Incense is a substance that’s burned to produce a fragrant scent. The word “incense” is derived from the Latin word for “to burn.”

Incense are plant materials burned to release their fragrant aromas. They come packaged in sticks, cones, and powders in fragrances from sandalwood to jasmine. 

Incense has been around for ages, and it still has a place in many spiritual and religious rituals in cultures around the world.

Incense burning was discovered in India and Southern Asia as early as 3300 BC. Used alongside worship and prayer, it was believed that burning incense could ward off evil spirits while purifying the surroundings.

Having a background in aromatherapy, our founder chose to develop scents based on their physiological impacts, which are used to aid in meditation and mood enhancement.

Today, burning incense is similar to the practices of various diverse religions, including Catholicism, Buddhism, and Hinduism, but its use goes beyond the spiritual, as it is now commonly used in yoga studios, wellness offices, and our own homes.

Over the centuries and into the present day, people throughout the world have used incense for a variety of reasons, including as:

  • component of various religious practices
  • tool to counteract bad or disagreeable odors
  • way to repel demons or evil spirits

Read on to learn more about this popular substance.

What is an incense made of?

Lighting incense sticks, agarbattis, dhoop is a common practice in most Indian households.

Incense is made of an aromatic material that gives a scent and a combustible binding material that holds it mutually in an appropriate shape.

The aromatic materials used for creating incense are typically plant-based and can include a variety of resins, barks, seeds, roots, and flowers.

Scented Agarbatti

The specific ingredients used in incense can vary by region and manufacturer. Some specific examples of aromatic ingredients that you may recognize include:

  • cinnamon
  • frankincense
  • musk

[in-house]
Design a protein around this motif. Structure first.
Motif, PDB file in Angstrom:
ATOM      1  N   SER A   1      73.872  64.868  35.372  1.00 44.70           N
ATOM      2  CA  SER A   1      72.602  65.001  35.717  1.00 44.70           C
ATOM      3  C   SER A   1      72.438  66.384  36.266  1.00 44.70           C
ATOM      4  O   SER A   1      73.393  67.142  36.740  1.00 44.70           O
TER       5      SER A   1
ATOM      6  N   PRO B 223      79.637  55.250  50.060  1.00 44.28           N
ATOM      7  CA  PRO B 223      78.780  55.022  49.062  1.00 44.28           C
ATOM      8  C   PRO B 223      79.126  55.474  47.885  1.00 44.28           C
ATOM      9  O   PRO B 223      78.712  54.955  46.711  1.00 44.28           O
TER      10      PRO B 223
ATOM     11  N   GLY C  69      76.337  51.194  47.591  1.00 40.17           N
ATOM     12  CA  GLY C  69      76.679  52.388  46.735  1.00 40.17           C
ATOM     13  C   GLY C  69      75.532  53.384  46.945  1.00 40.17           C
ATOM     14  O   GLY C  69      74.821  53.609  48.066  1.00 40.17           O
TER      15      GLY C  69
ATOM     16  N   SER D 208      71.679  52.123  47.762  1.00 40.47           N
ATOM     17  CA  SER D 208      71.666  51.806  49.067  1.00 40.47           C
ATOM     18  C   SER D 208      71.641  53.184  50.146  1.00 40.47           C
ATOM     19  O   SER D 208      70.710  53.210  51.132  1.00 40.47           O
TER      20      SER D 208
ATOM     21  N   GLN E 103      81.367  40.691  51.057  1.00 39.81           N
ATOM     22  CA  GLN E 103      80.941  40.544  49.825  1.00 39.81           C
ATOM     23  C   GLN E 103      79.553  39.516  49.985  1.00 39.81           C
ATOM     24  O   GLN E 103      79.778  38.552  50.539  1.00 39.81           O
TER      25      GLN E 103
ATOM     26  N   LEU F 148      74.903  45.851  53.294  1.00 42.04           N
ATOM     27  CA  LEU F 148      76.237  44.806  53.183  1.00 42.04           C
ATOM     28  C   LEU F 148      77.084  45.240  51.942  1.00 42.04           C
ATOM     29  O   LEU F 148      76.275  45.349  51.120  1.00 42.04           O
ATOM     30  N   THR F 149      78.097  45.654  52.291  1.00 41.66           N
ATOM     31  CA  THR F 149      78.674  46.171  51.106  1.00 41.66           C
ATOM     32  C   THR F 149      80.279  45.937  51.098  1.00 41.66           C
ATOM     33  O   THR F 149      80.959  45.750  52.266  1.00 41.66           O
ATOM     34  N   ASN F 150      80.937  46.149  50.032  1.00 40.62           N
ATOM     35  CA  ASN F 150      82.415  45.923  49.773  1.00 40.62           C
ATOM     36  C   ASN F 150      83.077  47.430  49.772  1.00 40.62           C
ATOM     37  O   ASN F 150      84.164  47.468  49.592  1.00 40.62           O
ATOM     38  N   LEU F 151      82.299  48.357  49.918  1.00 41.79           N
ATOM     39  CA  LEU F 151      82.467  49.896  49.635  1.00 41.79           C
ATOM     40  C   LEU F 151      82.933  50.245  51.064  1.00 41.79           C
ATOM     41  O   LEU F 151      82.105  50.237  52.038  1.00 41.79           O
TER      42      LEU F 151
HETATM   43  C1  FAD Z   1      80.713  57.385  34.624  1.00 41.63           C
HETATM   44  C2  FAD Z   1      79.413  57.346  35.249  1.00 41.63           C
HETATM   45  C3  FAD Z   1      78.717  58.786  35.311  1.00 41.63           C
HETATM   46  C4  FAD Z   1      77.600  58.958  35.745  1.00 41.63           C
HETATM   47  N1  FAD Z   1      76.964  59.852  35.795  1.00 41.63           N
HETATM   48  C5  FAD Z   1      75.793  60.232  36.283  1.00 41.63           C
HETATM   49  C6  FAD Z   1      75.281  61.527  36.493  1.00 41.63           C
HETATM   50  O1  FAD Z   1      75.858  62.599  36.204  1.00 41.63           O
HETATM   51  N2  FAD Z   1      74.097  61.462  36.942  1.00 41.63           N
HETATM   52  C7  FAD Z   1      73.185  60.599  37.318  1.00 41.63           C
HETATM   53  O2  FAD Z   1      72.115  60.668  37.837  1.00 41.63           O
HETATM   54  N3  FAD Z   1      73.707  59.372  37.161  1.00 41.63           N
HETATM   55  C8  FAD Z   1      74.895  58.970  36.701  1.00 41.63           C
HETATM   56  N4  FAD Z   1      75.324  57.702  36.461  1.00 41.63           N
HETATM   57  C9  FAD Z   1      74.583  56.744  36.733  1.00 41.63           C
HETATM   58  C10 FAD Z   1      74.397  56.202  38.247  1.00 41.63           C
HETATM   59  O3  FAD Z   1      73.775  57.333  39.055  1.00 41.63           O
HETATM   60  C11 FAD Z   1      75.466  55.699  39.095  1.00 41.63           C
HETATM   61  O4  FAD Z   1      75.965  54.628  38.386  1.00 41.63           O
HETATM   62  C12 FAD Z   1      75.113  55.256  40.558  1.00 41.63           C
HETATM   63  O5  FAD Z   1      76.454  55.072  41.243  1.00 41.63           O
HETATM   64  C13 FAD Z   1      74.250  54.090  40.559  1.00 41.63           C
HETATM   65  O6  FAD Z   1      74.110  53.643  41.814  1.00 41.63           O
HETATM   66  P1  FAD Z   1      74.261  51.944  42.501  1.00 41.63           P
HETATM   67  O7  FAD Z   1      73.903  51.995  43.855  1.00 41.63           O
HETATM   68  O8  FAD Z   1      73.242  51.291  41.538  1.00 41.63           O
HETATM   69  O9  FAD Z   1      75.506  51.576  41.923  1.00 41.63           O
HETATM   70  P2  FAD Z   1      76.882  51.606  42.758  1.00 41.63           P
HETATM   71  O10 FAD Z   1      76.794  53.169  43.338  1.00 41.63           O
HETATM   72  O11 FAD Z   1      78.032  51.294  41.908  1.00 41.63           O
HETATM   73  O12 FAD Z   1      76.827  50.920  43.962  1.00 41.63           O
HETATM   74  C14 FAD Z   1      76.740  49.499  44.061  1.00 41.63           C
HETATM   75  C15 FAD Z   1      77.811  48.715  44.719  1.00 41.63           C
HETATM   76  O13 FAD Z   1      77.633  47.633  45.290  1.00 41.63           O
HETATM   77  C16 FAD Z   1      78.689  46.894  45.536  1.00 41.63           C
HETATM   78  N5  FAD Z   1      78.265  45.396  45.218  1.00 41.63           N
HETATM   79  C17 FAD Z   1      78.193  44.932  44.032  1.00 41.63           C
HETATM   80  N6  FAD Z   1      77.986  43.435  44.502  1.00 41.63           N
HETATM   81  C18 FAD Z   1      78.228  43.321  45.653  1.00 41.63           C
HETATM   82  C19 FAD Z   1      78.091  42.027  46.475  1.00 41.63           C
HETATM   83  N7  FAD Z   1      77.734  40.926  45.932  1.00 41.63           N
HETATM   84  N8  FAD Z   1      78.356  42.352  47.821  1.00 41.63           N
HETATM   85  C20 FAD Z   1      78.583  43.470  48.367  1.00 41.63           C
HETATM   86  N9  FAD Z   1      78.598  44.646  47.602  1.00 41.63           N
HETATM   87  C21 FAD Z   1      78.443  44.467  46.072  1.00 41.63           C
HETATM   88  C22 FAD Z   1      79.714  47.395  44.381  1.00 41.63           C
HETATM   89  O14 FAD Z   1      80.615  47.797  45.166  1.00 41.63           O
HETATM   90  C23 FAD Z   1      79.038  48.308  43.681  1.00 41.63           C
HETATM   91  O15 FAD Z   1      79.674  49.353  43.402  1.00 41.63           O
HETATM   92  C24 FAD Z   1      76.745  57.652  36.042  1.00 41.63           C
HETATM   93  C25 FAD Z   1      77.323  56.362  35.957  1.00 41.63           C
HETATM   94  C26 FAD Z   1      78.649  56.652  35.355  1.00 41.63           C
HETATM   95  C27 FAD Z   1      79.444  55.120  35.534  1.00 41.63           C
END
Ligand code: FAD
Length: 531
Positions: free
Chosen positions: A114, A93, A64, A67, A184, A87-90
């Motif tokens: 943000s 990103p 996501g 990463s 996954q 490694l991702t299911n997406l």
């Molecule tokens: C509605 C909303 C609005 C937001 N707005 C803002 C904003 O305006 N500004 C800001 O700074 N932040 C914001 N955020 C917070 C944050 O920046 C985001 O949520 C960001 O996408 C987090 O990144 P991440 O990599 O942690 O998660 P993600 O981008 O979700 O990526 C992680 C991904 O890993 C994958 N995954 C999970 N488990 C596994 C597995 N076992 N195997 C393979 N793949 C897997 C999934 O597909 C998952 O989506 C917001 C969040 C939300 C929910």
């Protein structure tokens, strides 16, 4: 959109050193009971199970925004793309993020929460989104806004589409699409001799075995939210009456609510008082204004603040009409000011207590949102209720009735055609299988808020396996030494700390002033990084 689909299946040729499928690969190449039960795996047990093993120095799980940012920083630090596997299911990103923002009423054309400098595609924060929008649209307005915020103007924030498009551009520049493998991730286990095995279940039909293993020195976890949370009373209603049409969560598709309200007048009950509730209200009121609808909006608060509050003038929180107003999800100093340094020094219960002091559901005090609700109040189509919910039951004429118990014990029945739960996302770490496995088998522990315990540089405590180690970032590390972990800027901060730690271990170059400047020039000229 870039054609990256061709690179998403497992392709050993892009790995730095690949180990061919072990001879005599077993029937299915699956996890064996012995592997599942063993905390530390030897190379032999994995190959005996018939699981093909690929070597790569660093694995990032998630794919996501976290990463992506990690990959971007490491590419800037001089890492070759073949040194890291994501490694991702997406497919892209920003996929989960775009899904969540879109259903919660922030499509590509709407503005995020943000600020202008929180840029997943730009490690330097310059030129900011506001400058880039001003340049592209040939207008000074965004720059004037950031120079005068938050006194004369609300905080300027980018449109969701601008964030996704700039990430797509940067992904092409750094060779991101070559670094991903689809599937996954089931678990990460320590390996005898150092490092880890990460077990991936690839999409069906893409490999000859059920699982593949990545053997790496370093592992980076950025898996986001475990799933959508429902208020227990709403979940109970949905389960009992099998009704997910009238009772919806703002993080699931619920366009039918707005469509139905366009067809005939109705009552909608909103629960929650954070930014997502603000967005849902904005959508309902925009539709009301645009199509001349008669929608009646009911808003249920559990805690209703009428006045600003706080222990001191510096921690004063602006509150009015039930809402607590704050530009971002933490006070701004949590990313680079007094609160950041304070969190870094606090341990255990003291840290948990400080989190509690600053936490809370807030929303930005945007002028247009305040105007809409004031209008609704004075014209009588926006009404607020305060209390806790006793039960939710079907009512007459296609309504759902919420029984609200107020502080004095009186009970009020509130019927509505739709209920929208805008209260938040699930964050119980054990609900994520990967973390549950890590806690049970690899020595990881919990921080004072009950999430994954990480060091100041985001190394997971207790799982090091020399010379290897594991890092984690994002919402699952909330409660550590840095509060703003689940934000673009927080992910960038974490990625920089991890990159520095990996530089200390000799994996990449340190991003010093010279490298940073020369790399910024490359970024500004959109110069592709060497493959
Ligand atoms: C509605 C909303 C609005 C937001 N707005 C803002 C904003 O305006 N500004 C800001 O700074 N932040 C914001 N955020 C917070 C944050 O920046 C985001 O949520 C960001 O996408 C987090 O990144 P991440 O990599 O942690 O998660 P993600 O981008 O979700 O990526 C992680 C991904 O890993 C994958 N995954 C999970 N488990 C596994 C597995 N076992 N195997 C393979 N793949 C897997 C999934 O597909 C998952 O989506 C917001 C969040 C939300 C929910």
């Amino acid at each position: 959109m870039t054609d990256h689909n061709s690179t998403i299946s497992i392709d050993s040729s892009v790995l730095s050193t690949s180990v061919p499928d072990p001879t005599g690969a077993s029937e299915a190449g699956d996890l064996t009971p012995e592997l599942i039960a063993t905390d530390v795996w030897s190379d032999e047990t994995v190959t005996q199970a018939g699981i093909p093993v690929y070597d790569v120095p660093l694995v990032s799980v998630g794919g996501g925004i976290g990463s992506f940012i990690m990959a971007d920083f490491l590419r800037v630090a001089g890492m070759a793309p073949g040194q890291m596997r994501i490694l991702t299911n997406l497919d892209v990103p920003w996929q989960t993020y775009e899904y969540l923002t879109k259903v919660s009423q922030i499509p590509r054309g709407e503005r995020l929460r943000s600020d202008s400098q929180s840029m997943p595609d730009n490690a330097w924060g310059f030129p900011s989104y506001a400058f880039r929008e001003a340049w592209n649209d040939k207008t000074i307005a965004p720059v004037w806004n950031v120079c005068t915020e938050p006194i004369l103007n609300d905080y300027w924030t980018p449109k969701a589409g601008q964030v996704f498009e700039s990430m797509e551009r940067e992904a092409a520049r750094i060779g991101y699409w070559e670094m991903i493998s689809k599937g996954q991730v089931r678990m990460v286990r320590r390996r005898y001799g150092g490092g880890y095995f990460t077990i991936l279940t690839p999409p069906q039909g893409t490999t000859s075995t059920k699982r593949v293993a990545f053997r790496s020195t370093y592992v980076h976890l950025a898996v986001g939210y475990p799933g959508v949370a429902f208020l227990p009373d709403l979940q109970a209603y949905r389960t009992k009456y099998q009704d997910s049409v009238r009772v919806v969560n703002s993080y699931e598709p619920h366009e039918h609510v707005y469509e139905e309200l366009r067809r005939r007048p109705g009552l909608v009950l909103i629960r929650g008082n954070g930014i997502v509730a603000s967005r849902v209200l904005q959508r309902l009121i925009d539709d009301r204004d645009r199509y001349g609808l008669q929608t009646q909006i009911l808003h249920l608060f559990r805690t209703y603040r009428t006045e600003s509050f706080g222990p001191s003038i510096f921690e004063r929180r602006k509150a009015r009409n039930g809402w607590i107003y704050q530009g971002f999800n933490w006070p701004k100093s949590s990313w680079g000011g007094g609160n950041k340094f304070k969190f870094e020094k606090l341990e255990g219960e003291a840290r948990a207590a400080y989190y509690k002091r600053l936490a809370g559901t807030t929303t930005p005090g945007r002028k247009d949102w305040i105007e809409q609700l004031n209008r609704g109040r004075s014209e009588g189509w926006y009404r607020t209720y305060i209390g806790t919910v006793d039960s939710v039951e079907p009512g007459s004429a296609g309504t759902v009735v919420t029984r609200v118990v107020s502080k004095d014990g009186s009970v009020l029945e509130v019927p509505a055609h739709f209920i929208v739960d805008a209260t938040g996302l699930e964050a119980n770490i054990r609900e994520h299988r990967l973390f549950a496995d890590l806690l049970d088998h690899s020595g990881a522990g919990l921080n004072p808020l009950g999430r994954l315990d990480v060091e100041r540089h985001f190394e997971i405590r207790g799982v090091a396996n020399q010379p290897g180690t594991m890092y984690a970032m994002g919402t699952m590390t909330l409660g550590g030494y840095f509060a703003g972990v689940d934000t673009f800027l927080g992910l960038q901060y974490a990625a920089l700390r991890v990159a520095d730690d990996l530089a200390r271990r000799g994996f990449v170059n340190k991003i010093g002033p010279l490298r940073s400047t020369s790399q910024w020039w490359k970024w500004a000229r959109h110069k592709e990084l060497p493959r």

• myrrh
  • patchouli
  • sandalwood

The combustible binding material found in incense is what incense may vary wildly in form, its essential function is to burn over time. Use a lighter, match, or other open flames to ignite the corner point of the incense. Allow it to catch fire, then quickly blow out the flame. What remains should be a smoldering incense stick that will slowly burn and release its aromatic compounds. The materials used vary but can include things like charcoal or wood powders.

Place the incense in a dish designed for incense or a bowl of sand. You can snuff out the incense stick by smudging on a hard surface and expected to let it burn out. Always keep incense stick and open flame away from any flammable materials such as curtains, paper, or dry herbs.

While the research on their health benefits is limited, there are still plenty of reasons to use incense. Here are easy ways to incorporate the smell-good tool into your routine. 

Benefits of Burning Incense

Benefits of Burning Incense


AQUA and Sandalwood reduce heart rate and soothe nerves. this relieves built-up tension in muscles.


Woods and Rose improve focus and concentration, so are ideal for working or studying.


Incense, particularly frankincense, has soothing properties and produces a relaxing atmosphere, perfect for meditation.


Nag Champa has antibacterial properties which purify the air like healthy food, pure air has positive health benefits.


Myrrh acts as an antiseptic. A Chinese study uses incense in hospitals for sterilization due to its antibacterial properties.


Burning Frankincense activates ion channels in the brain associated with emotions and alleviating depression.


Burning incense, such as agarwood, has been linked to heightened creativity, similar to listening to music.


Patchouli and lavender are used to induce sleep due to sedative properties resulting from their relaxing effect.


Jasmine and Vanilla incense act as powerful aphrodisiacs whilst also increasing CONFIDENCE.


Burning incense, particularly Rose, Triggers a response from the limbic system, resulting in the release of serotonin.

If you’re interested in burning incense for any of these positive effects, make sure to seek out the best quality. Incense made with low-quality materials and synthetic fragrances is a pollutant, especially when burned in confined spaces. 

At Aparna Groups, we make all our incense with pure essential oils and natural resins. We believe in keeping clean, and that starts with cleaning the air we breathe. Our incense sticks made with bamboo-derived charcoal and wood powders clean the air as it burns by pulling impurities and germs out of the air. A wide range of incense sticks from Aparna Groups are Masala Incense, Scented Incense, Perfumed Agarbatti, Dhoop sticks, Dhoop Cones, and Incense Cones available at the lowest prices. We manufacture high-quality incense sticks and supply them.